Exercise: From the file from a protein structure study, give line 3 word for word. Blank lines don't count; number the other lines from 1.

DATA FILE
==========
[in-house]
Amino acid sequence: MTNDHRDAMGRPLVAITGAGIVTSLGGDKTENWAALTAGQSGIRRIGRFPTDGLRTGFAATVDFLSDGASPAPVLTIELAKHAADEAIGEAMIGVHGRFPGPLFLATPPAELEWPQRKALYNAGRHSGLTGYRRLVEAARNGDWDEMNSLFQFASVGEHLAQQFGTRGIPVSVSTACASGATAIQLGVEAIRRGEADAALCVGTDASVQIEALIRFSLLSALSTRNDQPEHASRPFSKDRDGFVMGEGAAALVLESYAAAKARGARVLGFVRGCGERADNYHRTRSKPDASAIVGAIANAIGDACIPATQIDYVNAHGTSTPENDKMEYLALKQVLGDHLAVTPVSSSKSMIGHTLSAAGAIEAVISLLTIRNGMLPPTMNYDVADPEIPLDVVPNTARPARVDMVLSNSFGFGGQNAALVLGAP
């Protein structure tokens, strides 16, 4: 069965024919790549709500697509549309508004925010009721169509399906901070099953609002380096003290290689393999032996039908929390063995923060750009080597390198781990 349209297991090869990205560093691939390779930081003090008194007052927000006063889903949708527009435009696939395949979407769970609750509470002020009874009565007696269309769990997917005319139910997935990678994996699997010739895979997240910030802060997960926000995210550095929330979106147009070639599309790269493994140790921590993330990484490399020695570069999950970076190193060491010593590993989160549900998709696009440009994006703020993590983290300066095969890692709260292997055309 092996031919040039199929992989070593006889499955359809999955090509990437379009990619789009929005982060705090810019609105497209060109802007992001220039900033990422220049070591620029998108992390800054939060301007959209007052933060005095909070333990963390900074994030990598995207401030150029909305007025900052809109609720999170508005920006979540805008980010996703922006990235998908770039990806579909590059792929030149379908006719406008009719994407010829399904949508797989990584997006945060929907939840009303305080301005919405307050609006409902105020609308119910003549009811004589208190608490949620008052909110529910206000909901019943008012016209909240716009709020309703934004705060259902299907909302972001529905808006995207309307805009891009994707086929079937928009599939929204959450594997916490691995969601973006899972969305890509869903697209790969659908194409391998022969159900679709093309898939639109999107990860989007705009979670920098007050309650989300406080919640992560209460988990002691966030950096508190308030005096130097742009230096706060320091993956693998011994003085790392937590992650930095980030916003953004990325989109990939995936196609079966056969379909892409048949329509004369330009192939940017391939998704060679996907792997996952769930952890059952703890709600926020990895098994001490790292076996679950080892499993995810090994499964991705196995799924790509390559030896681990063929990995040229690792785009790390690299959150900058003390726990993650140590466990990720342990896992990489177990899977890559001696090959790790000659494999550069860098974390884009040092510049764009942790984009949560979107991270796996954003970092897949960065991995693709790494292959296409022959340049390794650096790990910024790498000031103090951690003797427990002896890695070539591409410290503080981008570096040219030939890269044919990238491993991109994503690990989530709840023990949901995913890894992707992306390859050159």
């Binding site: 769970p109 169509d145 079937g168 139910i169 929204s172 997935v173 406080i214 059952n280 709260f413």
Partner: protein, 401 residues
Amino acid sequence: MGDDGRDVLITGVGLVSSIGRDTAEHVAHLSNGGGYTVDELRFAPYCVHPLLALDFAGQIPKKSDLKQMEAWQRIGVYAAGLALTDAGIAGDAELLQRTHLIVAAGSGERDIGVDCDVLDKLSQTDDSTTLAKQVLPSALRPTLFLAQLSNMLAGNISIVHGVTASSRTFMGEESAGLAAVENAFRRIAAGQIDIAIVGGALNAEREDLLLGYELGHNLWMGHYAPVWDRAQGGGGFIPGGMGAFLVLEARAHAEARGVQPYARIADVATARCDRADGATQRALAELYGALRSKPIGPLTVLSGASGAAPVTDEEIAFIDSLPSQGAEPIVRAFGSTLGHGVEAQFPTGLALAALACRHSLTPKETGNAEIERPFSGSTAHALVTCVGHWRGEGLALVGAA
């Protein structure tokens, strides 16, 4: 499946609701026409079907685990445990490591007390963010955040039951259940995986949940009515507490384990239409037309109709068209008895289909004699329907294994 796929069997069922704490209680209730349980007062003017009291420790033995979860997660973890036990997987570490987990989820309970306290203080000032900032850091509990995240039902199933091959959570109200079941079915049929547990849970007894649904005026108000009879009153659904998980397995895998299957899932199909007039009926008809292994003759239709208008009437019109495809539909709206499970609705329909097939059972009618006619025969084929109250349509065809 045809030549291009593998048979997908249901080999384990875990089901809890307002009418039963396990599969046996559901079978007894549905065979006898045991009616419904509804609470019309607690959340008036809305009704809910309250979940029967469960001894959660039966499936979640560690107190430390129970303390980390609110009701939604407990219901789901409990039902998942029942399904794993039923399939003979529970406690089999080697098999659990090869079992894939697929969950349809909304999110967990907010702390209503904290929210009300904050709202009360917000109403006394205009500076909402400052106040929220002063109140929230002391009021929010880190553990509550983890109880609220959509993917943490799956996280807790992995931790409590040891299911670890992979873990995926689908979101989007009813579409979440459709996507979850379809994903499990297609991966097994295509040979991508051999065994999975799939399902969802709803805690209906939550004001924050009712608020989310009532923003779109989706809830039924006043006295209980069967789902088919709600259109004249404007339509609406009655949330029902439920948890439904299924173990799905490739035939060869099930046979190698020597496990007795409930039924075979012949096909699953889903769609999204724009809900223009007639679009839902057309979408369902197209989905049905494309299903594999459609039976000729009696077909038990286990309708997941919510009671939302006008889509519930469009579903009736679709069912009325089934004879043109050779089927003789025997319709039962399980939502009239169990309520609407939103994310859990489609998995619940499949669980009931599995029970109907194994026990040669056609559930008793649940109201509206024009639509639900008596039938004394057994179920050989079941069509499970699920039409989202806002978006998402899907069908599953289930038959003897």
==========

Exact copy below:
């Protein structure tokens, strides 16, 4: 069965024919790549709500697509549309508004925010009721169509399906901070099953609002380096003290290689393999032996039908929390063995923060750009080597390198781990 349209297991090869990205560093691939390779930081003090008194007052927000006063889903949708527009435009696939395949979407769970609750509470002020009874009565007696269309769990997917005319139910997935990678994996699997010739895979997240910030802060997960926000995210550095929330979106147009070639599309790269493994140790921590993330990484490399020695570069999950970076190193060491010593590993989160549900998709696009440009994006703020993590983290300066095969890692709260292997055309 092996031919040039199929992989070593006889499955359809999955090509990437379009990619789009929005982060705090810019609105497209060109802007992001220039900033990422220049070591620029998108992390800054939060301007959209007052933060005095909070333990963390900074994030990598995207401030150029909305007025900052809109609720999170508005920006979540805008980010996703922006990235998908770039990806579909590059792929030149379908006719406008009719994407010829399904949508797989990584997006945060929907939840009303305080301005919405307050609006409902105020609308119910003549009811004589208190608490949620008052909110529910206000909901019943008012016209909240716009709020309703934004705060259902299907909302972001529905808006995207309307805009891009994707086929079937928009599939929204959450594997916490691995969601973006899972969305890509869903697209790969659908194409391998022969159900679709093309898939639109999107990860989007705009979670920098007050309650989300406080919640992560209460988990002691966030950096508190308030005096130097742009230096706060320091993956693998011994003085790392937590992650930095980030916003953004990325989109990939995936196609079966056969379909892409048949329509004369330009192939940017391939998704060679996907792997996952769930952890059952703890709600926020990895098994001490790292076996679950080892499993995810090994499964991705196995799924790509390559030896681990063929990995040229690792785009790390690299959150900058003390726990993650140590466990990720342990896992990489177990899977890559001696090959790790000659494999550069860098974390884009040092510049764009942790984009949560979107991270796996954003970092897949960065991995693709790494292959296409022959340049390794650096790990910024790498000031103090951690003797427990002896890695070539591409410290503080981008570096040219030939890269044919990238491993991109994503690990989530709840023990949901995913890894992707992306390859050159």